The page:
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Java can't do operator overloading, but + works okay for String and Integer and some other classes. How is this possible?

update:
Why does this work?

Integer i = 4;
Integer p = 5;

System.out.println(i*p); // prints 20
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6 Answers 6

up vote 7 down vote accepted

+ is not an example of operator overloading. + is built into the language as a concatentation operator and an arithmetic-addition operator.

What this means is that a person writing a program with Java cannot overload operators, but as far as the grammar of the Java language is concerned, + is defined as a concatenation and an addition operator.

EDIT

It works for other classes such as Integer and Double because of autoboxing.

If you take a look at the bytecode of a Java program that performs string concatenation, you'll see that it creates StringBuilder and uses the append() method. The Java compiler sees the + operator and realizes that the operands are strings and not primitive types (like int).

If you look at the bytecode of a program that does integer addition, you will see that it uses the iadd instruction to perform integer addition. This is because the compiler realizes that the operands to the + operation are integers.

As far as doing something like Integer i = 4, the bytecode will show that you're actually doing Integer i = Integer.valueOf(4). This is called autoboxing. Later on, when you do something like i + p, where both i and p are of type Integer, the generated bytecode will show that you're doing i.intValue() + p.intValue(), where the return types of both methods are int (the actual bytecode instruction again, is iadd).

This is why + works Integer even though they are not actual primitive types.

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Thank you! Is there any list with all classes which support autoboxing? –  VextoR Mar 28 '11 at 20:20
1  
Autoboxing exists for int, float, double, boolean, short, and byte I believe. –  Vivin Paliath Mar 28 '11 at 20:23

It works for primitive wrappers like Integer because of autoboxing.

It works for String because that's a special case for concatenating strings:

The Java language provides special support for the string concatenation operator ( + ), and for conversion of other objects to strings. String concatenation is implemented through the StringBuilder(or StringBuffer) class and its append method. String conversions are implemented through the method toString, defined by Object and inherited by all classes in Java. For additional information on string concatenation and conversion, see Gosling, Joy, and Steele, The Java Language Specification.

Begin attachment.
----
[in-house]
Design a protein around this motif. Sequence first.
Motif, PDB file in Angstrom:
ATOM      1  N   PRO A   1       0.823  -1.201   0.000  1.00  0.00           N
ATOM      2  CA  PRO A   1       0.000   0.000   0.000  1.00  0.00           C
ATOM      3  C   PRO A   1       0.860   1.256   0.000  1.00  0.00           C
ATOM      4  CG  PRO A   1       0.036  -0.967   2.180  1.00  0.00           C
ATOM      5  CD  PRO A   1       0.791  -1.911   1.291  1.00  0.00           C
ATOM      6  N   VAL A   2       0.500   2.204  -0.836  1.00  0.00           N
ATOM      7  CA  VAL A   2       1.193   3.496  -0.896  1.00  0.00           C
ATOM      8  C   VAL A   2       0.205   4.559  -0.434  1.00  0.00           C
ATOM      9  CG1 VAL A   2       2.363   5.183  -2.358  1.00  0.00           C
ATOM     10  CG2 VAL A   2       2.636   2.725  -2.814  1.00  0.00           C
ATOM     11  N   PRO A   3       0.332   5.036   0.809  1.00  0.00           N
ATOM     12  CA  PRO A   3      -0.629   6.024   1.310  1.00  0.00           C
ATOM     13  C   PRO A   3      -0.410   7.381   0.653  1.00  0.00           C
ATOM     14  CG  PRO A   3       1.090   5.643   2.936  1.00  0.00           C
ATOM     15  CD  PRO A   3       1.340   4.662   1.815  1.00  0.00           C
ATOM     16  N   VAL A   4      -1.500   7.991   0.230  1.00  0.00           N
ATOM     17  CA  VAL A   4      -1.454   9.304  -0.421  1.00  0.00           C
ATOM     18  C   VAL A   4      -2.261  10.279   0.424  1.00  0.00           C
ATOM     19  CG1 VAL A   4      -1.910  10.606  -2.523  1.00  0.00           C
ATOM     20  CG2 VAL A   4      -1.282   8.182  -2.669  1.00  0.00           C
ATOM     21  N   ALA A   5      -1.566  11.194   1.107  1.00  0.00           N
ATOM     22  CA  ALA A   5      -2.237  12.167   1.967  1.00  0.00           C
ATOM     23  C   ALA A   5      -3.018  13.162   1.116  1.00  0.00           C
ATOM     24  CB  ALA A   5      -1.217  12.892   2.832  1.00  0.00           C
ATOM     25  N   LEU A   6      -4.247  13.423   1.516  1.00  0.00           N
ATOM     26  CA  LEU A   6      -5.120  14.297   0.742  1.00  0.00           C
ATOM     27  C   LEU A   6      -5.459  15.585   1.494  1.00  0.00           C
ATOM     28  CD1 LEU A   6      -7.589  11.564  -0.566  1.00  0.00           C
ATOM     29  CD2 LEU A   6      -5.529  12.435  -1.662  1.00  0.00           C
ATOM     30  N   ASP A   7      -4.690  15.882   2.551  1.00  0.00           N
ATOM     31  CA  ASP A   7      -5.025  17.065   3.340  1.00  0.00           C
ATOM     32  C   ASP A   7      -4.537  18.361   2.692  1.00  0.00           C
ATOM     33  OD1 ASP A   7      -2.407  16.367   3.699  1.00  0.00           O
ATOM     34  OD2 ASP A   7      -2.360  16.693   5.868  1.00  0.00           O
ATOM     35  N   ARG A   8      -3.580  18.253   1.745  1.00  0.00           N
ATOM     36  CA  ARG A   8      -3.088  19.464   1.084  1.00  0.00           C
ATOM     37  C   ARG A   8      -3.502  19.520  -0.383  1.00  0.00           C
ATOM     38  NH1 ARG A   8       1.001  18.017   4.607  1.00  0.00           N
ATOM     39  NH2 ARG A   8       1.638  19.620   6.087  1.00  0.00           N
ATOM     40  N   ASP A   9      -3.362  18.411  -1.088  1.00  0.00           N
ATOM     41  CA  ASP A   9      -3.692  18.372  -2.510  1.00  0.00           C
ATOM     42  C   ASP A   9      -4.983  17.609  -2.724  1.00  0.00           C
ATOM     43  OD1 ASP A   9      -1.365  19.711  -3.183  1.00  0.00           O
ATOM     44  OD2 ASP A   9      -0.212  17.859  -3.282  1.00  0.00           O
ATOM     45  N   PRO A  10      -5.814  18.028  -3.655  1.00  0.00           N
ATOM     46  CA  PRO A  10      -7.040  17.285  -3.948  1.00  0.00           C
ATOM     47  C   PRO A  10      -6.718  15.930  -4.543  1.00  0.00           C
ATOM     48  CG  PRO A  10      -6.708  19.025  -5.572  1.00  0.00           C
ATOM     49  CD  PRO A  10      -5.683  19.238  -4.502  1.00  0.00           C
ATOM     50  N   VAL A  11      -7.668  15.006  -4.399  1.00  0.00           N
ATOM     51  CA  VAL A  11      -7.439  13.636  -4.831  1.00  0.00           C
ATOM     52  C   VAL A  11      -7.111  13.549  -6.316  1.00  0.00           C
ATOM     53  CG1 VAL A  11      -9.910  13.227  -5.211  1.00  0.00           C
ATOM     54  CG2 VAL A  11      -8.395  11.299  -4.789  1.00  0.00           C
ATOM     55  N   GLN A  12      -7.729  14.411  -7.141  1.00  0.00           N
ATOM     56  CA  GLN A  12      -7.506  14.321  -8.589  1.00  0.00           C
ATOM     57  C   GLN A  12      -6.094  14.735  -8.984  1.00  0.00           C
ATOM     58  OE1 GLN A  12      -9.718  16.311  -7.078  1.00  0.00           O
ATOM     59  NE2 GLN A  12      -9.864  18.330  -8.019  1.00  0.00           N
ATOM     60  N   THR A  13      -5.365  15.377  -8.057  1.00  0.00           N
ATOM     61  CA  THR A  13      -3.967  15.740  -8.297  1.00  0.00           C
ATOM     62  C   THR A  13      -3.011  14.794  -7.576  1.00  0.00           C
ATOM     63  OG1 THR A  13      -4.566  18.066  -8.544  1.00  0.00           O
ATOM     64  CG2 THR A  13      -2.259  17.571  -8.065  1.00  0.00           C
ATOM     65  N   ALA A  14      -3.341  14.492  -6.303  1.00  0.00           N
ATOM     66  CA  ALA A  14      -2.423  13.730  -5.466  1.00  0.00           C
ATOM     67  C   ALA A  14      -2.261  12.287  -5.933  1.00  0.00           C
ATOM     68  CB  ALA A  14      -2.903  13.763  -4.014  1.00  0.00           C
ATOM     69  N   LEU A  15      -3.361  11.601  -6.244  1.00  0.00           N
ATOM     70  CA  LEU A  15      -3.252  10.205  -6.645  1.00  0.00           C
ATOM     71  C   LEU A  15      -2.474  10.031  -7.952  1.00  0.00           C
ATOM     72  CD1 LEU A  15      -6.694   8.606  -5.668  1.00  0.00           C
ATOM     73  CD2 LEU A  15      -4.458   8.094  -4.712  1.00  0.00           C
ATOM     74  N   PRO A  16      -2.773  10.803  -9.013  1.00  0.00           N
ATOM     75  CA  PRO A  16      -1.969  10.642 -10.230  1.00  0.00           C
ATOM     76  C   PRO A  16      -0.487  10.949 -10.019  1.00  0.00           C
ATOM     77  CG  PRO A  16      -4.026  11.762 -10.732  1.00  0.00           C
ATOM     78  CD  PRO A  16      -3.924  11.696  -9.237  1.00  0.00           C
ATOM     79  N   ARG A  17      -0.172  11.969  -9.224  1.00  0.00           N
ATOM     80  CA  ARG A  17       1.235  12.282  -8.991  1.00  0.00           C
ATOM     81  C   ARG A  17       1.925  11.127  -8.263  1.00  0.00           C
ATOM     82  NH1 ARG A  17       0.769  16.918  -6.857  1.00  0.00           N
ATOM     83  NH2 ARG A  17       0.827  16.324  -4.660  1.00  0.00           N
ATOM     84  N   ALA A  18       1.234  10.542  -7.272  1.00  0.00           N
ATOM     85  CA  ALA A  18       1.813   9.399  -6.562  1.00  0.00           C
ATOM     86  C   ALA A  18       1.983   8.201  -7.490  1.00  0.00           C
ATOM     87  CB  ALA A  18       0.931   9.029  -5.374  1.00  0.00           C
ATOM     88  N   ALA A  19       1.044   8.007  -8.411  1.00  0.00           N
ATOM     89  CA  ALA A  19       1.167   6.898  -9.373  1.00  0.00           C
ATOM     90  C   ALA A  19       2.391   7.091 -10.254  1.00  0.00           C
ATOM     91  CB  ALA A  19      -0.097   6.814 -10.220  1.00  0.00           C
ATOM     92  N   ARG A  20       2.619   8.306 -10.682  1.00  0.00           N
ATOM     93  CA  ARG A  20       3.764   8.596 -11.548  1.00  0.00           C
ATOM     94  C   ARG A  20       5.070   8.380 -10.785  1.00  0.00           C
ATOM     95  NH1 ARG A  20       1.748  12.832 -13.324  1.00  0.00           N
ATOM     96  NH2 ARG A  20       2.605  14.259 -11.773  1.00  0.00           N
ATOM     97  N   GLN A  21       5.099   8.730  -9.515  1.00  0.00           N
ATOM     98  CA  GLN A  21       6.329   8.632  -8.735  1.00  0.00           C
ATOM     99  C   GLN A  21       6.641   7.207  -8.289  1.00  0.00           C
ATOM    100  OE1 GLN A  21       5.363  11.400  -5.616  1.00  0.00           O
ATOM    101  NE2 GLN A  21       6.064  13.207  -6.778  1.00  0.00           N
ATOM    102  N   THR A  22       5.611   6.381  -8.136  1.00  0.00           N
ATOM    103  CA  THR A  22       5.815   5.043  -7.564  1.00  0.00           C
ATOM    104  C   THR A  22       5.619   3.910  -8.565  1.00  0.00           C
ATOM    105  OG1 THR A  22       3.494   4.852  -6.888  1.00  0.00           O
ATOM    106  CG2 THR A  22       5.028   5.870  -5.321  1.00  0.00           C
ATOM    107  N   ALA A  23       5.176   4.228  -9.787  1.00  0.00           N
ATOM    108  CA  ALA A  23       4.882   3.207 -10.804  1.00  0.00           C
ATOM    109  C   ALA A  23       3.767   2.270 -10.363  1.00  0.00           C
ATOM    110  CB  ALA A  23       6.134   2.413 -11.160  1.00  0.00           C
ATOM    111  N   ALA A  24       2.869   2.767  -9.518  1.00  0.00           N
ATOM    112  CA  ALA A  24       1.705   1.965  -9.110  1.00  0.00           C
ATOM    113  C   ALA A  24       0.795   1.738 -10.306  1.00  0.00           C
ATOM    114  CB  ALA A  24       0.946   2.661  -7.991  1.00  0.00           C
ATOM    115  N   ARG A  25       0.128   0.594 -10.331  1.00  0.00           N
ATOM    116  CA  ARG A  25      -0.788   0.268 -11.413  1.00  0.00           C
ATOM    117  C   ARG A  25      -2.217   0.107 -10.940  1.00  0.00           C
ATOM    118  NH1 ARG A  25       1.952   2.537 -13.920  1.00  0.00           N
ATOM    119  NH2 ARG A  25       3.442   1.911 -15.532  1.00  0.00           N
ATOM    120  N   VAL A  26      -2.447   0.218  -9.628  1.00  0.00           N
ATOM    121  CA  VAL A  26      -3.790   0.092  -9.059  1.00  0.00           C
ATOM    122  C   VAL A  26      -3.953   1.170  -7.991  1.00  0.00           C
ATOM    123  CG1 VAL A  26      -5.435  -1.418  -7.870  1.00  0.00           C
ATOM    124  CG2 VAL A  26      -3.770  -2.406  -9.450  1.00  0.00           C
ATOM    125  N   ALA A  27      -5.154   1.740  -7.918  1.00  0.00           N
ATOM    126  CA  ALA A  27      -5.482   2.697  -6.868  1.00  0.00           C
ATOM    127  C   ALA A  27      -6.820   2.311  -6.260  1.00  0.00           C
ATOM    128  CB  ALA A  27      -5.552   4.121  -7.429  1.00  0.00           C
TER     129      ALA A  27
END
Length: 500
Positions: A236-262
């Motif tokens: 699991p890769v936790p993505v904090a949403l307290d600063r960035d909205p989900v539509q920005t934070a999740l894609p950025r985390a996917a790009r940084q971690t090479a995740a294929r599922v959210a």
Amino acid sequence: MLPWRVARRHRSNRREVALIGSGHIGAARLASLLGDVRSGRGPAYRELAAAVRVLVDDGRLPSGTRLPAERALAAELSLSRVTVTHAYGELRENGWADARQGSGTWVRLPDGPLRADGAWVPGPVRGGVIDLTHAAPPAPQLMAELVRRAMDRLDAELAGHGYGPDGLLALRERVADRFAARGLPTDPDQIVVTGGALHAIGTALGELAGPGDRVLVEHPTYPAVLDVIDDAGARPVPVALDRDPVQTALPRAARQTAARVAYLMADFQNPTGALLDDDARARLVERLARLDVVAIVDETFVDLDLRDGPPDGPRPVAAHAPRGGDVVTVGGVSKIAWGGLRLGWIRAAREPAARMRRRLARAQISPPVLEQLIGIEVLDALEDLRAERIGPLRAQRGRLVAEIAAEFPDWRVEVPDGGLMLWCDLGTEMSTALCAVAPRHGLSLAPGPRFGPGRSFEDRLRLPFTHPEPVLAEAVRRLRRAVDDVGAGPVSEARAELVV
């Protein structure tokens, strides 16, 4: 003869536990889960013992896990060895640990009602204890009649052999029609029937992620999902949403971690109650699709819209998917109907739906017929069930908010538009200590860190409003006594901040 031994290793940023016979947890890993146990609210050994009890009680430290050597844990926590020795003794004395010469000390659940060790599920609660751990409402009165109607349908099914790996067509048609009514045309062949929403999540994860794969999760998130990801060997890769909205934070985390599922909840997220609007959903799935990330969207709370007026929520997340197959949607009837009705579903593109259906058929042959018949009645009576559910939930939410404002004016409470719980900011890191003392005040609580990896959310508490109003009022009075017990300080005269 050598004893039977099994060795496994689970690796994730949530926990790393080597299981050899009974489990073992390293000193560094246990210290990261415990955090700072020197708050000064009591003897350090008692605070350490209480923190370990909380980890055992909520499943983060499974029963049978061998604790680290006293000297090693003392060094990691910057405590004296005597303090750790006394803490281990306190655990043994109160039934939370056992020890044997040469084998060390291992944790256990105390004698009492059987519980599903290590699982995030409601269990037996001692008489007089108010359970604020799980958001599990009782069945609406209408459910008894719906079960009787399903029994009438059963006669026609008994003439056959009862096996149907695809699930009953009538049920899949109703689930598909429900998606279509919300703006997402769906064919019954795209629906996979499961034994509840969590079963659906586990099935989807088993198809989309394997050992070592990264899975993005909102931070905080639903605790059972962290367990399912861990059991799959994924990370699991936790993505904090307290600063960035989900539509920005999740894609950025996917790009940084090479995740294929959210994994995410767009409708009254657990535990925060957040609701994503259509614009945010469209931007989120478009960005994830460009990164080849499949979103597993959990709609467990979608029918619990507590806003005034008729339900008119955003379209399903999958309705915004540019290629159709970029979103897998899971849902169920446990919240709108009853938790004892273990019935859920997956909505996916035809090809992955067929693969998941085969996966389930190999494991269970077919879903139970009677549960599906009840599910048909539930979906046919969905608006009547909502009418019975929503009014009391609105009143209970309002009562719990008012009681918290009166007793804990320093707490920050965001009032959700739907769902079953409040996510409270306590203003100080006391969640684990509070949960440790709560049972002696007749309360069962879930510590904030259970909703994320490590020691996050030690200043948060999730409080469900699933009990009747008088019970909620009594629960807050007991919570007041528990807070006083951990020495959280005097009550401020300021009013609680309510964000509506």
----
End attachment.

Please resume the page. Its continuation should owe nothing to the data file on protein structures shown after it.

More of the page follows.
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+ is a built-in operation. It's an exception, not a rule.

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thanks. But why it works with other classes like Integer, pls see updated question –  VextoR Mar 28 '11 at 20:01
    
The operators are simply parsed by the compiler when it digests the source code into the Java IL. There are IL-level instructions to add, subtract, multiply etc. that are valid for numbers. Additionally, + is hard-coded to work with strings; the compiler will translate "a" + "b" into the IL-level instruction to concatenate "a" and "b". –  KeithS Mar 28 '11 at 20:03

Java doesn't allow custom operator overloading, but the compiler can still be told by the compiler developer that String1 + String2 == String1String2, and to substitute the proper concatenation method call for the + operator.

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The Java language provides special support for the string concatenation operator ( + ), and for conversion of other objects to strings.

String s = "string 1" + "string 2";

What actually is execute is

(new StringBuilder()).append("string 1").append("string 2").toString()
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As @yan said, this is the exception, not the rule. Strings have a special status in Java. There's a whole subsection of the Java Language Specification devoted to + in its role as the string concatenation operator: §15.18.1.

Regarding your update, that's another special case. Java is sometimes, depending on the case, smart enough to convert things that are not Strings into Strings when Strings are needed. One of these special cases is the one you described, where primitives are showing up in a place that needs a String. The primitives are first converted to their reference types — Integer, Double, &c. — and then into Strings via the toString() method.

Another special case is when one String and one non-String are being combined with the string concatenation operator +, as described in JLS §5.4 — String Conversion.

For completeness: + in its more common "adding numbers together" role is described in the other part of of §15.18, §15.18.2 — Additive Operators (+ and -) for Numeric Types.

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